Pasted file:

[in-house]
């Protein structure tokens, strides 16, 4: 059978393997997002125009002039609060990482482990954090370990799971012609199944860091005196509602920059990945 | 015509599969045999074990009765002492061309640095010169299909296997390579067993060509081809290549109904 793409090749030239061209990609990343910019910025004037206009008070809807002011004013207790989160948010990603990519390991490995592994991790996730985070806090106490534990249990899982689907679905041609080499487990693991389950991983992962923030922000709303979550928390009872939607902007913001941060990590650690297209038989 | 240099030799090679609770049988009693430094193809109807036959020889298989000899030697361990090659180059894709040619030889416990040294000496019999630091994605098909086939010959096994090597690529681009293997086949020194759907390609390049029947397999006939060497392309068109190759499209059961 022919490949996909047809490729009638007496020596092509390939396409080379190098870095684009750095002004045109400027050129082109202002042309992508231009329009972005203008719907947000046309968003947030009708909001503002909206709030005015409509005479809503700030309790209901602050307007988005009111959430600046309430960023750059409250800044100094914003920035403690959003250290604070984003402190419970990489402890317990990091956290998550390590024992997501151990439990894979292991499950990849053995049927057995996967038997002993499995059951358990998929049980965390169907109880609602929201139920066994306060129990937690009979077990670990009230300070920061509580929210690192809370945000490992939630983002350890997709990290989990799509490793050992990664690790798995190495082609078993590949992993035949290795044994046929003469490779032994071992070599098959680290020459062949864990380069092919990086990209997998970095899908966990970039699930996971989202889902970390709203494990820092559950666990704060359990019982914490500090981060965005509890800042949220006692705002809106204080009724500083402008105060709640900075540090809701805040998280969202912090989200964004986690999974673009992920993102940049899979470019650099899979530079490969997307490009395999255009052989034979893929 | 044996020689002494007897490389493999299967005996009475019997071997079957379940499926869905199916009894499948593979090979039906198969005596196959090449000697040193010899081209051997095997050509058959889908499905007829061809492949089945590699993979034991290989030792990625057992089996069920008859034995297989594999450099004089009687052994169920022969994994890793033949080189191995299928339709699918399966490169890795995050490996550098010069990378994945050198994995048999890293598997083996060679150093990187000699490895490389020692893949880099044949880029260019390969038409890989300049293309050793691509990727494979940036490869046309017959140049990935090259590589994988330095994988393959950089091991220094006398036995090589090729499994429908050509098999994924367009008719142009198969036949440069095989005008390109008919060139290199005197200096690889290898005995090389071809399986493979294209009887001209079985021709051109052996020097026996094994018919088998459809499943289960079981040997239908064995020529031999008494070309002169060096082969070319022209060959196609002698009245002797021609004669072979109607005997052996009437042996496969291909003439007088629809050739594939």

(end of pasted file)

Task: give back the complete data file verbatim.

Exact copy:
[in-house]
């Protein structure tokens, strides 16, 4: 059978393997997002125009002039609060990482482990954090370990799971012609199944860091005196509602920059990945 | 015509599969045999074990009765002492061309640095010169299909296997390579067993060509081809290549109904 793409090749030239061209990609990343910019910025004037206009008070809807002011004013207790989160948010990603990519390991490995592994991790996730985070806090106490534990249990899982689907679905041609080499487990693991389950991983992962923030922000709303979550928390009872939607902007913001941060990590650690297209038989 | 240099030799090679609770049988009693430094193809109807036959020889298989000899030697361990090659180059894709040619030889416990040294000496019999630091994605098909086939010959096994090597690529681009293997086949020194759907390609390049029947397999006939060497392309068109190759499209059961 022919490949996909047809490729009638007496020596092509390939396409080379190098870095684009750095002004045109400027050129082109202002042309992508231009329009972005203008719907947000046309968003947030009708909001503002909206709030005015409509005479809503700030309790209901602050307007988005009111959430600046309430960023750059409250800044100094914003920035403690959003250290604070984003402190419970990489402890317990990091956290998550390590024992997501151990439990894979292991499950990849053995049927057995996967038997002993499995059951358990998929049980965390169907109880609602929201139920066994306060129990937690009979077990670990009230300070920061509580929210690192809370945000490992939630983002350890997709990290989990799509490793050992990664690790798995190495082609078993590949992993035949290795044994046929003469490779032994071992070599098959680290020459062949864990380069092919990086990209997998970095899908966990970039699930996971989202889902970390709203494990820092559950666990704060359990019982914490500090981060965005509890800042949220006692705002809106204080009724500083402008105060709640900075540090809701805040998280969202912090989200964004986690999974673009992920993102940049899979470019650099899979530079490969997307490009395999255009052989034979893929 | 044996020689002494007897490389493999299967005996009475019997071997079957379940499926869905199916009894499948593979090979039906198969005596196959090449000697040193010899081209051997095997050509058959889908499905007829061809492949089945590699993979034991290989030792990625057992089996069920008859034995297989594999450099004089009687052994169920022969994994890793033949080189191995299928339709699918399966490169890795995050490996550098010069990378994945050198994995048999890293598997083996060679150093990187000699490895490389020692893949880099044949880029260019390969038409890989300049293309050793691509990727494979940036490869046309017959140049990935090259590589994988330095994988393959950089091991220094006398036995090589090729499994429908050509098999994924367009008719142009198969036949440069095989005008390109008919060139290199005197200096690889290898005995090389071809399986493979294209009887001209079985021709051109052996020097026996094994018919088998459809499943289960079981040997239908064995020529031999008494070309002169060096082969070319022209060959196609002698009245002797021609004669072979109607005997052996009437042996496969291909003439007088629809050739594939």